Bunker Hill Avenue
Former saloon owner Joseph Gillek, 57, wasn't a big fan of Prohibition, and like many other Angelenos he simply ignored the law. He'd spent the evening of February 25, 1928, drinking -- most likely in one of the dozens of blind pigs operating in the city during that time. With the bootleg booze eroding his already dubious judgement, he compounded his unlawful behavior by getting behind the wheel of his car to drive himself home.
His muddled thinking resulted in a smash-up as he rammed his flivver into a retaining wall at his home at 201 South Bunker Hill Avenue. When his 30 year old son, Joseph Jr. came out to see what had caused the racked and saw his inebriated father lurch out of the automobile, he reamed the old man a new one. Once the shouting had died down Joseph Sr. burst into tears, declaring that he no longer wished to live.
Later that evening he went into the cellar with his revolver and shot himself to death.
Joe Chavez was busted down on Bunker Hill. ’Twas late in the Decembertime (the holiday season, for the Love of Mary), and Joe, 50, hungry, hunkered down in his pad at 221 South Bunker Hill, went and thought, I’m going to go liberate a little something from a nearby market to ease my gnawing gut. What’s the worst that could happen?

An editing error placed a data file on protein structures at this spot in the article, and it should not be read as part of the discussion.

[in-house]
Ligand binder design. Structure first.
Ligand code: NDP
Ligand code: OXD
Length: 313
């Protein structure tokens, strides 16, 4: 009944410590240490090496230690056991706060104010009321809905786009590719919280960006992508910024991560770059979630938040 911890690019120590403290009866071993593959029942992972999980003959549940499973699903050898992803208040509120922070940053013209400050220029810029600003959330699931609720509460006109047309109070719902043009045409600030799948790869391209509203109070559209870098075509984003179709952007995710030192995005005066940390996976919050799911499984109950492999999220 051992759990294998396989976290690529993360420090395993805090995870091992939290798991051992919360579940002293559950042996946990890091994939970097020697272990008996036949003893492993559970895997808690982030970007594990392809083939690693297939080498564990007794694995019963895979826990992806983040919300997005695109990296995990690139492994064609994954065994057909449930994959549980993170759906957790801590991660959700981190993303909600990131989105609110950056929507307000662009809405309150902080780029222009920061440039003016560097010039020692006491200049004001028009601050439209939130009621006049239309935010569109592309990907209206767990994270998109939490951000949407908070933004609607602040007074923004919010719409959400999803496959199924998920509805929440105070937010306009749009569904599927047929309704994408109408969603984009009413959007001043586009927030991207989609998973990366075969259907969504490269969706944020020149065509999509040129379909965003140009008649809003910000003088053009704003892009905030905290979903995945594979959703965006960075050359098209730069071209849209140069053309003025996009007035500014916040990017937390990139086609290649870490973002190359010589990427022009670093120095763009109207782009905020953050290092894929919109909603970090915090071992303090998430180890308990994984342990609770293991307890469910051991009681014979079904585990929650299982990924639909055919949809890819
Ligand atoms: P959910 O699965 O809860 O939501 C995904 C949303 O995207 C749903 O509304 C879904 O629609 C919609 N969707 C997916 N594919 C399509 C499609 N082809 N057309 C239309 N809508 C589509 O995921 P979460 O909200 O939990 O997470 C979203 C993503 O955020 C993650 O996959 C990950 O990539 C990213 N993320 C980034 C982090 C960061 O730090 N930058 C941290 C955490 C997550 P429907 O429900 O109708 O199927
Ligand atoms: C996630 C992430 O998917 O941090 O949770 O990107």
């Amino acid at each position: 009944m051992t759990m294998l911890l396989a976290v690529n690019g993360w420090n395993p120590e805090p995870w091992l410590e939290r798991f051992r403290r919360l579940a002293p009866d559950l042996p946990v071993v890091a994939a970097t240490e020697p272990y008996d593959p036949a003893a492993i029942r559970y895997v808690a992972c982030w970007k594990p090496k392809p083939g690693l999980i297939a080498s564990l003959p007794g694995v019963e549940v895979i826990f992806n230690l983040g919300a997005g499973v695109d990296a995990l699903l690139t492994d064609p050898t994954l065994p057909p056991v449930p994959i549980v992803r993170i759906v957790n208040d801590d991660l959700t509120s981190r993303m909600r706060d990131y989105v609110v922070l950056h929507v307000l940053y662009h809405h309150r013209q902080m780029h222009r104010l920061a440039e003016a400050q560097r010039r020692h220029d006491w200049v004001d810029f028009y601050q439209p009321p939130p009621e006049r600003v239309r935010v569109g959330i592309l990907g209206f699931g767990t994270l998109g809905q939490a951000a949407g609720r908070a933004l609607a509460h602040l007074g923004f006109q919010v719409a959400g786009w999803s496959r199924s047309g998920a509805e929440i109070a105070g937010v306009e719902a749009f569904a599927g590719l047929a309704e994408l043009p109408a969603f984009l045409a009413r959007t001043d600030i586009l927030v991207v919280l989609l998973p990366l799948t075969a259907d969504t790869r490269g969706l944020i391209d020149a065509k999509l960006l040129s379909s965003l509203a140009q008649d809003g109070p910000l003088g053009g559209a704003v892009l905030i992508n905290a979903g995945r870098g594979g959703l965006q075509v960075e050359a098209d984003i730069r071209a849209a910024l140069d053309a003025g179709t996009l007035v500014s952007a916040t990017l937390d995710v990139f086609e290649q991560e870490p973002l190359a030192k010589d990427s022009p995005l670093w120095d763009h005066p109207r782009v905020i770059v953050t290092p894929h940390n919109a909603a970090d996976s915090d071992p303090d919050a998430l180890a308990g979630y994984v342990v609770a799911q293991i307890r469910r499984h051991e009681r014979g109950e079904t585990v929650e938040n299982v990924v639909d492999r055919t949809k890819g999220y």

The 300 block of South Bunker Hill Avenue was supposedly one of the most picturesque in the neighborhood, if not the city. We have already taken a look at the mansions located at 315, 325, 333, and 339 South Bunker Hill Avenue. Now we are going to find out a little about the house with the address 321, also known as the Lady McDonald residence.
Of all the dearly departed Bunker Hill mansions, the Castle and Salt Box are probably the best known. The two houses which resided at 325 & 339 South Bunker Hill Avenue were spared the wrecking ball, declared Historic Cultural Monuments, and posed for numerous photos before being moved to Heritage Square (and were subsequently burned to the ground by vandals). Rarely mentioned is the house that stood between its two more famous neighbors at 333 South Bunker Hill Avenue.
December 2, 1923
They were eastern European immigrants, utterly integrated into the ways of American society. They were doting, loving parents; rarely does television depict such a highly functional family. They were the Munsters, and they existed to teach us valuable, eternal lessons: build hot rods out of hearses and caskets. Let your home be overrun by the Standells and their beatnik buddies. And see that your house is the biggest and spookiest on the block.